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Scientific workflows are common in biomedical research, particularly for molecular docking simulations such as those used in drug discovery. Such workflows typically involve data distribution between computationally demanding stages which are usually mapped onto large scale compute resources. Volunteer or Desktop Grid (DG) computing can provide such infrastructure but has limitations resulting from the heterogeneous nature of the compute nodes. These constraints mean that reducing the make span of a given workflow stage submitted to a DG becomes problematic. Late jobs can significantly affect the make span, often completing long after the bulk of the computation has finished. In this paper we present a system capable of significantly reducing the make span of a scientific workflow. Our system comprises a DG which is dynamically augmented with an infrastructure as a service (IaaS) Cloud. Using this solution, the Cloud resources are used to process replicated late jobs. Our system comprises a core component termed the scheduler, which implements an algorithm to perform late job detection, Cloud resource management (instantiation and reuse), and job monitoring. We offer a formal definition of this algorithm, whilst we also provide an evaluation of our prototype using a production scientific workflow.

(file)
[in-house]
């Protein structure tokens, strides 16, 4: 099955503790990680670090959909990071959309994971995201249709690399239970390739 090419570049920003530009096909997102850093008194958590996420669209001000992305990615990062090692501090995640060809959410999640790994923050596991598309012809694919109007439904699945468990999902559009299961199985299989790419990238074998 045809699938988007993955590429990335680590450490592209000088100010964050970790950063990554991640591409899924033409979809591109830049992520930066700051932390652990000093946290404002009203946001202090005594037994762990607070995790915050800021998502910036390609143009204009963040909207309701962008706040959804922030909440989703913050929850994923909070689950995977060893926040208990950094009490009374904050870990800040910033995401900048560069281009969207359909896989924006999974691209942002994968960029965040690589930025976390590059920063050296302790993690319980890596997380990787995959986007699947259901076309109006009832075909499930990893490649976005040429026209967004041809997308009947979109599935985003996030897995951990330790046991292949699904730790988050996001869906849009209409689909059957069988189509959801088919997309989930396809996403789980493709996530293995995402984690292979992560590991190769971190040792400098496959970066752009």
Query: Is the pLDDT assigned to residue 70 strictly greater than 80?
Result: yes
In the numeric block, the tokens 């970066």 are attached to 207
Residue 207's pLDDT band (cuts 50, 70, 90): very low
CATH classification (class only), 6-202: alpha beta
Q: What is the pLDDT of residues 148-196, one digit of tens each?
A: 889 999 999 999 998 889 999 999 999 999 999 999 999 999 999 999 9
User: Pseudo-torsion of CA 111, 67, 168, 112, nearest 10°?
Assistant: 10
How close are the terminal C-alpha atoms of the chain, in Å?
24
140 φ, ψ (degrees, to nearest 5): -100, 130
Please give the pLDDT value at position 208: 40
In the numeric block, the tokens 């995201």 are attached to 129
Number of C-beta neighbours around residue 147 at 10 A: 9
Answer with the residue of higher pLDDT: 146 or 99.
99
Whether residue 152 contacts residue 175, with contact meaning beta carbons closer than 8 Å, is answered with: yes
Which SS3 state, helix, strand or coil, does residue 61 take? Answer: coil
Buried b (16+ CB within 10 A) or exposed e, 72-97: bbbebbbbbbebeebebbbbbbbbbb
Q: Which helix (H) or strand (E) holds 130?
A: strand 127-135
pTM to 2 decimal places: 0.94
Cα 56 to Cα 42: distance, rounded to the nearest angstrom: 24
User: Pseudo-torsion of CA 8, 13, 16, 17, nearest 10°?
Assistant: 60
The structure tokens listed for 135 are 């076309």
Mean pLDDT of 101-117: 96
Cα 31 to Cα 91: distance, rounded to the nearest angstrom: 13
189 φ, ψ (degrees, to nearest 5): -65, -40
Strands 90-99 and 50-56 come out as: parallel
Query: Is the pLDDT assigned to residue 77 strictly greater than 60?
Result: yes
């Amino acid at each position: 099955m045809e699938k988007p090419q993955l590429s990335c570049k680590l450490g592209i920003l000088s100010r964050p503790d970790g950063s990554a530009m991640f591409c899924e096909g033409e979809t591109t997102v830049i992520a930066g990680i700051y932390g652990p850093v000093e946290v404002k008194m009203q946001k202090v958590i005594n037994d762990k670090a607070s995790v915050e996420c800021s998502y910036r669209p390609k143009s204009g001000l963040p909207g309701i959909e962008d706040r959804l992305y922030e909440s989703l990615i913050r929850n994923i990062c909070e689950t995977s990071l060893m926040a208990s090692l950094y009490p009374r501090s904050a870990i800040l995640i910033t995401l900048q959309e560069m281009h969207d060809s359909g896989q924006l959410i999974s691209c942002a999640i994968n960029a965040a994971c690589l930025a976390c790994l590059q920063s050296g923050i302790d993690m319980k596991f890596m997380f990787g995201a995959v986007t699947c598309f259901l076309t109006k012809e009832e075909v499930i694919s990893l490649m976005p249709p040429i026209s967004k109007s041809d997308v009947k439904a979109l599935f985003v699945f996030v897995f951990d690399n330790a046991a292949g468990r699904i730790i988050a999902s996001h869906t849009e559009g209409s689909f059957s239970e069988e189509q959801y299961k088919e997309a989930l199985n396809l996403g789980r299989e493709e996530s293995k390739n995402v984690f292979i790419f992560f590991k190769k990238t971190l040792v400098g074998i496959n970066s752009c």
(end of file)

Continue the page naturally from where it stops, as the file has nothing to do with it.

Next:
Date of Conference: Nov. 29 2011-Dec. 1 2011